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Monday, June 17 2019 @ 04:55 PM UTC

Panama Canal expansion critical to the U.S. [Commentary]

Canal ExpansionBy Gene E. Bigler (Baltimore Sun) Work on the expansion of the Panama Canal, led by a European consortium, resumed recently after a disturbing interruption of the project because of a cost dispute. Completion of the work may now have been set back to December 2015 or later. The visit to the canal last November by Vice President Biden, Baltimore Mayor Stephanie Rawlings-Blake and several others from major port cities demonstrated how much we have at stake in Panama. Yet since we turned the canal over to the Panamanians at the end of 1999, most of the rest of us have failed to realize that U.S. global competitiveness may depend even more now on how well the big ditch continues to work for us.

The government of Panama entrusted the job of running the canal to the Autoridad del Canal de Panamá (The Panama Canal Authority), and the ACP professionals have done a tremendous job of operating and modernizing the canal for over 13 years, and U.S. concerns for what was once Ronald Reagan's hot button political issue have all but disappeared. Now with about two thirds of our seaborne trade depending on the $5.25 billion enlargement, the U.S. stakes in Panama have again been dramatically revived.

U.S. interests in the Panama Canal had already been raised a lot. Most of us just did not know about it. When the Panamanians took control in the 1990s, they launched a comprehensive modernization program that widened channels, provided lighting for 24-hour operations, improved navigation aids to increase safety and upgraded equipment to speed transits. Then they introduced a new system of reservations and bidding to determine the place of ships in transit instead of the old first come, first served U.S. practice. Increasingly since 2000, ships have been able to cross the isthmus more rapidly and safely, and the Panamanians have also increased environmental protection and restored some of the watershed the U.S. had allowed to deteriorate.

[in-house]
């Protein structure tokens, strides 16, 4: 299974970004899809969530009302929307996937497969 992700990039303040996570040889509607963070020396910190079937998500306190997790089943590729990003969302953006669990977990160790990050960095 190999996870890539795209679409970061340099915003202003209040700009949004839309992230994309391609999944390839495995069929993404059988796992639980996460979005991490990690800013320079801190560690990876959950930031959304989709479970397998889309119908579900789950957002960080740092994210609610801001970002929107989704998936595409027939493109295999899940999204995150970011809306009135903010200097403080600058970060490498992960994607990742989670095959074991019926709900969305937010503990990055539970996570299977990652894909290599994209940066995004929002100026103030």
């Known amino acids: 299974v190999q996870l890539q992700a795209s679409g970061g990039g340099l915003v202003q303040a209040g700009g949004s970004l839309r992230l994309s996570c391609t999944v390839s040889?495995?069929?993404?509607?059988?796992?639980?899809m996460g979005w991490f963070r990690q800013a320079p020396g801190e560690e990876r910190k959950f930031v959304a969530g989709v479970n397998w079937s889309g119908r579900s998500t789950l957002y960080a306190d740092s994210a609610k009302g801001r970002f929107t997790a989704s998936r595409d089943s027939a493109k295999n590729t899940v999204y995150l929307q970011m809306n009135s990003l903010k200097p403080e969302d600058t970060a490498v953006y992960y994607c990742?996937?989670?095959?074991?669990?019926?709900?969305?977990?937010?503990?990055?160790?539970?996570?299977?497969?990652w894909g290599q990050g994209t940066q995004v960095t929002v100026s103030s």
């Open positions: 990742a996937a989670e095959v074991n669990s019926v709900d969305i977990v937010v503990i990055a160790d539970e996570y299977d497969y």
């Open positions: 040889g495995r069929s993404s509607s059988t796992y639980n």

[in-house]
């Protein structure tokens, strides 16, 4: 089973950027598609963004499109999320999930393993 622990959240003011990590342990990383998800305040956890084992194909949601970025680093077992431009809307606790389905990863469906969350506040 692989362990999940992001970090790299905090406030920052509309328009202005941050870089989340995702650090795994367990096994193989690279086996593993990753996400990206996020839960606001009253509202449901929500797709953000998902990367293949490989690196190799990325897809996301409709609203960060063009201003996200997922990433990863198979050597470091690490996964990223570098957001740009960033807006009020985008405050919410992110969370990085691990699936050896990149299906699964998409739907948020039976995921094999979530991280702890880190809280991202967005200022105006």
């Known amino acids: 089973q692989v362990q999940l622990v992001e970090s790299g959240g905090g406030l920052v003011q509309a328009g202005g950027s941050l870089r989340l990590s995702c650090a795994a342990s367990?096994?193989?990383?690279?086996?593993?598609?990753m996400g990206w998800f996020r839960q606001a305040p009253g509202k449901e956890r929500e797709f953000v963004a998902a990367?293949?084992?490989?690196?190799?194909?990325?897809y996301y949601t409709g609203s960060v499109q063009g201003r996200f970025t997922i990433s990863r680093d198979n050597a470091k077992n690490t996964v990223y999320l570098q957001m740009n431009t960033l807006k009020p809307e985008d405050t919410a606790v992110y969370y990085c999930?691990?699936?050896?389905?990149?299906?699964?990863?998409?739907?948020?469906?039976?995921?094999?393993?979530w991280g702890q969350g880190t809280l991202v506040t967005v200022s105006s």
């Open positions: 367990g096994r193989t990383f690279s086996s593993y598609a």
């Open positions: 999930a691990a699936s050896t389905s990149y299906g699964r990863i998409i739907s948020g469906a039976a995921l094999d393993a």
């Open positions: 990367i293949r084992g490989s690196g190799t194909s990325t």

Yet the success of the ACP in running the canal only tells part of the story of the new advantages for the U.S. When the security of the canal was threatened by terrorism after the 9/11 attacks, the ACP and the government of Panama quickly turned to the U.S. to develop a new security system in which other stakeholders now also share the burden. Panama then took the lead in convincing the International Maritime Organization to adopt the U.S. proposal that has become the new standard for global maritime security, the International Shipping and Port Security Code.

The government of Panama also took advantage of the U.S. return of territory by opening up the former Canal Zone for development of a new hemispheric shipping and logistics hub for which we in the U.S. are also the major beneficiaries after the people of Panama. The four sleepy little ports that moved a couple of hundred thousand containers a year under U.S. control have been transformed into mega terminals that will move over 8 million containers, mostly to U.S. consumers or customers, this year.

The expansion project launched in 2009 to double the capacity of the canal will make the inter-oceanic connections there all the more valuable. Ports all over the U.S. have launched expansion, dredging and other improvements worth at least $12 billion to accommodate the larger ships that will be docking thanks to the canal's new third set of locks, now about 70 percent complete. The reputation of American business is also at stake because the job of managing the expansion project was awarded to the CH2M Hill Inc. of Colorado.

Most importantly, the success of President Obama's drive to deepen our economic revival depends greatly on the effort to boost U.S. export competitiveness, and nowhere is this more important than for the big new ships needed for growing liquefied natural gas exports. Clearly, the U.S. needs to do whatever possible to keep the work on track. The world needs to know that we still trust the ACP to get the expansion completed with the same competence and reliability with which it has run the canal.

Gene E. Bigler is a retired foreign service officer and former professor who has followed U.S.-Panama relations closely since 1968.

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